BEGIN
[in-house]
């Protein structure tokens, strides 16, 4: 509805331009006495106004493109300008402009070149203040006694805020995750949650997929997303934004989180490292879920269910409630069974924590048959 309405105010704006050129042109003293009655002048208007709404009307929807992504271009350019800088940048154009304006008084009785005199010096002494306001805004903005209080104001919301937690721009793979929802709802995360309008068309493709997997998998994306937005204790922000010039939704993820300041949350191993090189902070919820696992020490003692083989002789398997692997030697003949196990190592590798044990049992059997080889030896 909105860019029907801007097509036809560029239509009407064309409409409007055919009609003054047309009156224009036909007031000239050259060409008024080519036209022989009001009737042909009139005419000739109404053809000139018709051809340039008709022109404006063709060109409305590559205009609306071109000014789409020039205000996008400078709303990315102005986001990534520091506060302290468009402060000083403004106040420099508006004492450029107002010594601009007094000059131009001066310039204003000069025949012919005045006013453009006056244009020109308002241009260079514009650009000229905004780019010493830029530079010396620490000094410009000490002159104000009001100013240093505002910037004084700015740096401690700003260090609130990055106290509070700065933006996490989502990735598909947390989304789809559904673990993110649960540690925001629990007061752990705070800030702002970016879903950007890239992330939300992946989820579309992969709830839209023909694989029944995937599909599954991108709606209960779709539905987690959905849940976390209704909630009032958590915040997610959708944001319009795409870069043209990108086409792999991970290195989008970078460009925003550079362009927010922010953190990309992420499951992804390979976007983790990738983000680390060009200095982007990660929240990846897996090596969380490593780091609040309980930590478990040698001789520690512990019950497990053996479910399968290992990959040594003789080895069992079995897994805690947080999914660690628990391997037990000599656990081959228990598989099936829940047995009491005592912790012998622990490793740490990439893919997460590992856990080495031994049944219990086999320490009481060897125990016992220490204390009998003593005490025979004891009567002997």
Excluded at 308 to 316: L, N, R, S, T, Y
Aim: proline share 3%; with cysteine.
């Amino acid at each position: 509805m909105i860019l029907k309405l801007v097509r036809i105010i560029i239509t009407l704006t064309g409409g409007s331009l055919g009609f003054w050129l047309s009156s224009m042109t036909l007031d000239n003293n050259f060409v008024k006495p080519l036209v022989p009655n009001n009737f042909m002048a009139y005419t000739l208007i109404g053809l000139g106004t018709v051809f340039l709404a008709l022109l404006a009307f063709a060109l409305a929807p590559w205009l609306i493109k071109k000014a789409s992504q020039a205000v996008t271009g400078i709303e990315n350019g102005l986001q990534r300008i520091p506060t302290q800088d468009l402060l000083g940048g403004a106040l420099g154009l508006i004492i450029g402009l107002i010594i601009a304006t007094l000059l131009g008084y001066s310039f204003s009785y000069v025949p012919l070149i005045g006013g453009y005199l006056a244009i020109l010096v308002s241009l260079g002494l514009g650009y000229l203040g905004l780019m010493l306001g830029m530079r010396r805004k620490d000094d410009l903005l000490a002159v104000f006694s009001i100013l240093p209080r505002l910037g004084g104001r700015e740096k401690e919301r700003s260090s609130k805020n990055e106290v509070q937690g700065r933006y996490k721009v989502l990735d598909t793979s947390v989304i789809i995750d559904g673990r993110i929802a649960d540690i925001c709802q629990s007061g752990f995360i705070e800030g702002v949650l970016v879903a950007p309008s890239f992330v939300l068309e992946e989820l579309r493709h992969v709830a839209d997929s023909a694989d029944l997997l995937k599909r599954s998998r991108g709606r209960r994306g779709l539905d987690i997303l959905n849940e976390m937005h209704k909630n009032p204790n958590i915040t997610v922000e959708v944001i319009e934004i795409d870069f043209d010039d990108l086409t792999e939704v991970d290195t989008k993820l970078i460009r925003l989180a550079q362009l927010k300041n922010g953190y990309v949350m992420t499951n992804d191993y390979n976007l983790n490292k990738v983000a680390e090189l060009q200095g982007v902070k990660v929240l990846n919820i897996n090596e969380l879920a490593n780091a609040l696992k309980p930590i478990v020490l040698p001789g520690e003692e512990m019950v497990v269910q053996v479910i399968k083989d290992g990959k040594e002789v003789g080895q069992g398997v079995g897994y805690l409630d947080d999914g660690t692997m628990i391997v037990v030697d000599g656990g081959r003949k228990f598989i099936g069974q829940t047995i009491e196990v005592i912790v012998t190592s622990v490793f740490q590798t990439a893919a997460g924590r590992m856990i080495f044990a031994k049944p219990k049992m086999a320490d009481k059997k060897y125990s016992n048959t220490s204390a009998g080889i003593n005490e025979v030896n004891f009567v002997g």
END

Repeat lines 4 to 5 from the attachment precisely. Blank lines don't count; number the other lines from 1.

Aim: proline share 3%; with cysteine.
């Amino acid at each position: 509805m909105i860019l029907k309405l801007v097509r036809i105010i560029i239509t009407l704006t064309g409409g409007s331009l055919g009609f003054w050129l047309s009156s224009m042109t036909l007031d000239n003293n050259f060409v008024k006495p080519l036209v022989p009655n009001n009737f042909m002048a009139y005419t000739l208007i109404g053809l000139g106004t018709v051809f340039l709404a008709l022109l404006a009307f063709a060109l409305a929807p590559w205009l609306i493109k071109k000014a789409s992504q020039a205000v996008t271009g400078i709303e990315n350019g102005l986001q990534r300008i520091p506060t302290q800088d468009l402060l000083g940048g403004a106040l420099g154009l508006i004492i450029g402009l107002i010594i601009a304006t007094l000059l131009g008084y001066s310039f204003s009785y000069v025949p012919l070149i005045g006013g453009y005199l006056a244009i020109l010096v308002s241009l260079g002494l514009g650009y000229l203040g905004l780019m010493l306001g830029m530079r010396r805004k620490d000094d410009l903005l000490a002159v104000f006694s009001i100013l240093p209080r505002l910037g004084g104001r700015e740096k401690e919301r700003s260090s609130k805020n990055e106290v509070q937690g700065r933006y996490k721009v989502l990735d598909t793979s947390v989304i789809i995750d559904g673990r993110i929802a649960d540690i925001c709802q629990s007061g752990f995360i705070e800030g702002v949650l970016v879903a950007p309008s890239f992330v939300l068309e992946e989820l579309r493709h992969v709830a839209d997929s023909a694989d029944l997997l995937k599909r599954s998998r991108g709606r209960r994306g779709l539905d987690i997303l959905n849940e976390m937005h209704k909630n009032p204790n958590i915040t997610v922000e959708v944001i319009e934004i795409d870069f043209d010039d990108l086409t792999e939704v991970d290195t989008k993820l970078i460009r925003l989180a550079q362009l927010k300041n922010g953190y990309v949350m992420t499951n992804d191993y390979n976007l983790n490292k990738v983000a680390e090189l060009q200095g982007v902070k990660v929240l990846n919820i897996n090596e969380l879920a490593n780091a609040l696992k309980p930590i478990v020490l040698p001789g520690e003692e512990m019950v497990v269910q053996v479910i399968k083989d290992g990959k040594e002789v003789g080895q069992g398997v079995g897994y805690l409630d947080d999914g660690t692997m628990i391997v037990v030697d000599g656990g081959r003949k228990f598989i099936g069974q829940t047995i009491e196990v005592i912790v012998t190592s622990v490793f740490q590798t990439a893919a997460g924590r590992m856990i080495f044990a031994k049944p219990k049992m086999a320490d009481k059997k060897y125990s016992n048959t220490s204390a009998g080889i003593n005490e025979v030896n004891f009567v002997g």